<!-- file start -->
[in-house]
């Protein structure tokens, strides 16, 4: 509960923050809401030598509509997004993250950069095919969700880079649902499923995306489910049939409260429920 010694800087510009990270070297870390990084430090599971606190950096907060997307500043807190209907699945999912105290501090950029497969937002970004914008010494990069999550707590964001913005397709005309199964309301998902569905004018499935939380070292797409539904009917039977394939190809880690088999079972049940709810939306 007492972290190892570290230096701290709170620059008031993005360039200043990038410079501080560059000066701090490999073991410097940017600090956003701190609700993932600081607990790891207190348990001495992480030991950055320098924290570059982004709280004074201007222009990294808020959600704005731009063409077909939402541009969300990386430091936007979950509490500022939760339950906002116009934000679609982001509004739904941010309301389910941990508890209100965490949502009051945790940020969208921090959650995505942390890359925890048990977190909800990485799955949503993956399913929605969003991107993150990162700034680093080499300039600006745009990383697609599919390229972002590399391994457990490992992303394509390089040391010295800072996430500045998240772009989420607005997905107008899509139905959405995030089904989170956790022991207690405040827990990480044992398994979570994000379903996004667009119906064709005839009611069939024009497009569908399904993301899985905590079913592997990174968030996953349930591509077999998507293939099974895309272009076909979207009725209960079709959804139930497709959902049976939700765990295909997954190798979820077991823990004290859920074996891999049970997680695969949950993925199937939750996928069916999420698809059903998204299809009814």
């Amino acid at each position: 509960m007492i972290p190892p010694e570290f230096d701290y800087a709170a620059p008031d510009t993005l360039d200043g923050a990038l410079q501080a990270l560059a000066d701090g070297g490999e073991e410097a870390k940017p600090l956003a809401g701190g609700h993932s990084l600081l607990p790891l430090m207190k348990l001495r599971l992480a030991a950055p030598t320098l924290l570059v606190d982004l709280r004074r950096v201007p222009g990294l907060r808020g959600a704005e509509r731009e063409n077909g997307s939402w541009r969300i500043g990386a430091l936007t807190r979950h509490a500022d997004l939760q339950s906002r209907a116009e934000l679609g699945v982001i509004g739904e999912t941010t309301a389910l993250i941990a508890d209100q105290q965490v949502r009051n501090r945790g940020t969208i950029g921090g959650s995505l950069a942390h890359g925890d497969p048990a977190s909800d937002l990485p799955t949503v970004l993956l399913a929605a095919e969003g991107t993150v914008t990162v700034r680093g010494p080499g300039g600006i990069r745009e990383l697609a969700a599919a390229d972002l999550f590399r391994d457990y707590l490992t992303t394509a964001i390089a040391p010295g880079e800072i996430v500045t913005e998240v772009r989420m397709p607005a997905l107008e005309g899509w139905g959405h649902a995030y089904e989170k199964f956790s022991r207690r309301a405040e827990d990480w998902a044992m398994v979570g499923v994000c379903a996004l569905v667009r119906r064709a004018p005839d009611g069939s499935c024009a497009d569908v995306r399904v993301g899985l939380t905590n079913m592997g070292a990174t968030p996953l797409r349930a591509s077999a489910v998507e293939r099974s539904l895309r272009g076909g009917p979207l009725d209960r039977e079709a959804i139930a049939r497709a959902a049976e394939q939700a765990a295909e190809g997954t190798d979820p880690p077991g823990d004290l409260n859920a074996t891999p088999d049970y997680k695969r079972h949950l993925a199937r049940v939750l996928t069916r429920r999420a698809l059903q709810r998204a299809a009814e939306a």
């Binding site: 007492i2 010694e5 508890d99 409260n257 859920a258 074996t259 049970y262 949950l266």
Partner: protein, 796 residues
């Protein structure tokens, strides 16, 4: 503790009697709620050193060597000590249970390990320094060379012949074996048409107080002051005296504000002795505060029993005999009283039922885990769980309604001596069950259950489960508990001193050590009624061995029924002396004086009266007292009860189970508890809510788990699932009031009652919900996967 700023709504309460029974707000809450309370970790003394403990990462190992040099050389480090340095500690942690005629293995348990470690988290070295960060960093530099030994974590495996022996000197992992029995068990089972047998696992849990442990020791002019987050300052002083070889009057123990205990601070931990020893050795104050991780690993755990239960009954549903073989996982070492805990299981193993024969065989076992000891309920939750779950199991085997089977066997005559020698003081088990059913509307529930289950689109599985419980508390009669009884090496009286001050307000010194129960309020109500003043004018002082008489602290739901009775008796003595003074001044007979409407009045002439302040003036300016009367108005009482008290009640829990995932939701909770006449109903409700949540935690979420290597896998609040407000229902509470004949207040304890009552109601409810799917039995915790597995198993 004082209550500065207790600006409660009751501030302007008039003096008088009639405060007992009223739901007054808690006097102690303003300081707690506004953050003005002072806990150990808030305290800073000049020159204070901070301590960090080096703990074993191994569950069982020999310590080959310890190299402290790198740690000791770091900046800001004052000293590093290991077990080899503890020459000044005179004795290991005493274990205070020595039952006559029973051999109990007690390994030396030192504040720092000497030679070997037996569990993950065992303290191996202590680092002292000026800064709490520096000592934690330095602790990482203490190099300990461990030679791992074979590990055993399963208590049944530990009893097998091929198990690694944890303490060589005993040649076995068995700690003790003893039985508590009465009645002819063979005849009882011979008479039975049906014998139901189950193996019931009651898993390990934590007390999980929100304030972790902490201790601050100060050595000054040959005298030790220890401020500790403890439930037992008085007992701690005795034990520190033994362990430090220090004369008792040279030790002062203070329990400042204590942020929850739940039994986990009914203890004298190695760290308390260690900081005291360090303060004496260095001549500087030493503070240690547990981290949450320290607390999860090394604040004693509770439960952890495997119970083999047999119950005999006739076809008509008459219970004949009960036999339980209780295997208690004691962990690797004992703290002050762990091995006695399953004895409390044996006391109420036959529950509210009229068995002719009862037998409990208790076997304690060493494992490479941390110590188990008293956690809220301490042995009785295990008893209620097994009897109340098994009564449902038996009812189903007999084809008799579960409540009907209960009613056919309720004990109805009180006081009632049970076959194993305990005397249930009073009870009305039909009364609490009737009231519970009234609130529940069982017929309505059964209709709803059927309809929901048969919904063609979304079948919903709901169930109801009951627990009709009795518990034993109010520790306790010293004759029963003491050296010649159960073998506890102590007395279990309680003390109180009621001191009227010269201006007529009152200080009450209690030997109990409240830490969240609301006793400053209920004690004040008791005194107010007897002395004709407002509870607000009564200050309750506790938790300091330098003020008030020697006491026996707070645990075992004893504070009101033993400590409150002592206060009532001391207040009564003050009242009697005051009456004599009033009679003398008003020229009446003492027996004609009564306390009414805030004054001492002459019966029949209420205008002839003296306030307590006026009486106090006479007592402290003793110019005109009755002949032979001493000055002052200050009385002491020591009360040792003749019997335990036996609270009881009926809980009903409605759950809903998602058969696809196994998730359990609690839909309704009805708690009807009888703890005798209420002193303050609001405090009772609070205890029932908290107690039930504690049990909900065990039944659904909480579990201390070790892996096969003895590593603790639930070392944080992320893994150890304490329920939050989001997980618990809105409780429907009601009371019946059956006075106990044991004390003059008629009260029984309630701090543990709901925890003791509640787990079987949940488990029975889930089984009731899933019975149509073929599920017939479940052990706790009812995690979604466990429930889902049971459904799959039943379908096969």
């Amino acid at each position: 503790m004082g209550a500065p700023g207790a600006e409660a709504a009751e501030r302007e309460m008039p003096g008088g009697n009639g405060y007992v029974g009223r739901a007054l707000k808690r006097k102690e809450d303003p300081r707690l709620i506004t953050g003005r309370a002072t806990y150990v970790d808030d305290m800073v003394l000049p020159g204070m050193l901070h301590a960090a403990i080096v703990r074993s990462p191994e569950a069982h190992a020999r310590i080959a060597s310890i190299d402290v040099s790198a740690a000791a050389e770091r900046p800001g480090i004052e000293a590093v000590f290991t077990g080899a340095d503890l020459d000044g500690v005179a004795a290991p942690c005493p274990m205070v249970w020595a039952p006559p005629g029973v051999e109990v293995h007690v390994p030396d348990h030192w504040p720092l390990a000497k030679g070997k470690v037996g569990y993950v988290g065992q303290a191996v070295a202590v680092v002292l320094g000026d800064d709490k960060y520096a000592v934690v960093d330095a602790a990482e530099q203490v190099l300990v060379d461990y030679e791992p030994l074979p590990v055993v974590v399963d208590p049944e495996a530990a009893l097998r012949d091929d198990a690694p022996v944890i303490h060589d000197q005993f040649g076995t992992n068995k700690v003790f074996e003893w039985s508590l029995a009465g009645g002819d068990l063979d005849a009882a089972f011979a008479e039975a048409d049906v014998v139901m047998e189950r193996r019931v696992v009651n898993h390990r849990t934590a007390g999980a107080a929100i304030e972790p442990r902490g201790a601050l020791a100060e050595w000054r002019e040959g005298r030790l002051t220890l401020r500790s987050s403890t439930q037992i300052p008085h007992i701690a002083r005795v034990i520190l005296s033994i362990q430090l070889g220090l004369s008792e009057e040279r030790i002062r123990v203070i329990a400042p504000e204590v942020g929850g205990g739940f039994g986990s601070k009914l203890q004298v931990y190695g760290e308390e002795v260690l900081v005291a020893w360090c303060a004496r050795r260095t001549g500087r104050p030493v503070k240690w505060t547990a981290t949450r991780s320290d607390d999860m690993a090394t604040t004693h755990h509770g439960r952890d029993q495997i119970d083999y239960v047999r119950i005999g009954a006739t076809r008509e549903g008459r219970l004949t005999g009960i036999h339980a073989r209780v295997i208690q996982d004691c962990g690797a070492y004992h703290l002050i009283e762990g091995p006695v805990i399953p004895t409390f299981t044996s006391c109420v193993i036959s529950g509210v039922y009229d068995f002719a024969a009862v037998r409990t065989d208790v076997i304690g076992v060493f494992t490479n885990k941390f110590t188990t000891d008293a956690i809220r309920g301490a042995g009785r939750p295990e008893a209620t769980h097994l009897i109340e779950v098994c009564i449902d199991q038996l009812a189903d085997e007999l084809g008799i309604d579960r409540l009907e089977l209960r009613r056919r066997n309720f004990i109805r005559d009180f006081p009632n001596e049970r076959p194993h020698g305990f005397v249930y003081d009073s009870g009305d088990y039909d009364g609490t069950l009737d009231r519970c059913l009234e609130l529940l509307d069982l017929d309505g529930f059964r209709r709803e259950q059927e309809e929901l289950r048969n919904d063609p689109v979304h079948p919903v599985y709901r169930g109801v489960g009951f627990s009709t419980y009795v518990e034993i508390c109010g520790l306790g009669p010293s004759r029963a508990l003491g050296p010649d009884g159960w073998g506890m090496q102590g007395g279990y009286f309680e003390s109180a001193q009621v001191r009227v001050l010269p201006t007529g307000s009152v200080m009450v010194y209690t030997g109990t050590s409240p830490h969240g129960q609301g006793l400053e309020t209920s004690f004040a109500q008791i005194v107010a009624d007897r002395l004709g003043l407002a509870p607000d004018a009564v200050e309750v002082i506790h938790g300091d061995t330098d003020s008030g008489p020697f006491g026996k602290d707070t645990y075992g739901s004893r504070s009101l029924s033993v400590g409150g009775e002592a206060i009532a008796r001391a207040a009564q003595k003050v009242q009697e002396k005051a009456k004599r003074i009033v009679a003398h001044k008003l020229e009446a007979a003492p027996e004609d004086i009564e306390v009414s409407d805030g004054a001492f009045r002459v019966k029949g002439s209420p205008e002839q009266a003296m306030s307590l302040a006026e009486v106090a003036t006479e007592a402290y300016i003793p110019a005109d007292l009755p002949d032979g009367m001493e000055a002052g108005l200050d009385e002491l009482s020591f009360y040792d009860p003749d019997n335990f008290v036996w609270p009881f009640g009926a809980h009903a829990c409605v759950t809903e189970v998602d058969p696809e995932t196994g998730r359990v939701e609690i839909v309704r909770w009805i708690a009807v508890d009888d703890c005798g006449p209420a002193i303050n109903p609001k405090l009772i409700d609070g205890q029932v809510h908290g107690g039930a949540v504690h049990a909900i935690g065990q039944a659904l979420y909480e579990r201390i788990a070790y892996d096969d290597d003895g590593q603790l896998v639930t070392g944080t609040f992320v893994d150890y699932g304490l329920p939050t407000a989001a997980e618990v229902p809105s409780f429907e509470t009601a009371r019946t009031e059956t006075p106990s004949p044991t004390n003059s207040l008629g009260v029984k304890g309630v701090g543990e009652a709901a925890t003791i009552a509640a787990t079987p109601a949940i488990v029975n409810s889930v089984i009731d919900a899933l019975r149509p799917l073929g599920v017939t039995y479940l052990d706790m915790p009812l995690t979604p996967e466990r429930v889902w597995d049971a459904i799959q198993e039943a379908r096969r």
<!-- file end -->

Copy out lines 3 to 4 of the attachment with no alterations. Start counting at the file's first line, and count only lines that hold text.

């Amino acid at each position: 509960m007492i972290p190892p010694e570290f230096d701290y800087a709170a620059p008031d510009t993005l360039d200043g923050a990038l410079q501080a990270l560059a000066d701090g070297g490999e073991e410097a870390k940017p600090l956003a809401g701190g609700h993932s990084l600081l607990p790891l430090m207190k348990l001495r599971l992480a030991a950055p030598t320098l924290l570059v606190d982004l709280r004074r950096v201007p222009g990294l907060r808020g959600a704005e509509r731009e063409n077909g997307s939402w541009r969300i500043g990386a430091l936007t807190r979950h509490a500022d997004l939760q339950s906002r209907a116009e934000l679609g699945v982001i509004g739904e999912t941010t309301a389910l993250i941990a508890d209100q105290q965490v949502r009051n501090r945790g940020t969208i950029g921090g959650s995505l950069a942390h890359g925890d497969p048990a977190s909800d937002l990485p799955t949503v970004l993956l399913a929605a095919e969003g991107t993150v914008t990162v700034r680093g010494p080499g300039g600006i990069r745009e990383l697609a969700a599919a390229d972002l999550f590399r391994d457990y707590l490992t992303t394509a964001i390089a040391p010295g880079e800072i996430v500045t913005e998240v772009r989420m397709p607005a997905l107008e005309g899509w139905g959405h649902a995030y089904e989170k199964f956790s022991r207690r309301a405040e827990d990480w998902a044992m398994v979570g499923v994000c379903a996004l569905v667009r119906r064709a004018p005839d009611g069939s499935c024009a497009d569908v995306r399904v993301g899985l939380t905590n079913m592997g070292a990174t968030p996953l797409r349930a591509s077999a489910v998507e293939r099974s539904l895309r272009g076909g009917p979207l009725d209960r039977e079709a959804i139930a049939r497709a959902a049976e394939q939700a765990a295909e190809g997954t190798d979820p880690p077991g823990d004290l409260n859920a074996t891999p088999d049970y997680k695969r079972h949950l993925a199937r049940v939750l996928t069916r429920r999420a698809l059903q709810r998204a299809a009814e939306a």
């Binding site: 007492i2 010694e5 508890d99 409260n257 859920a258 074996t259 049970y262 949950l266």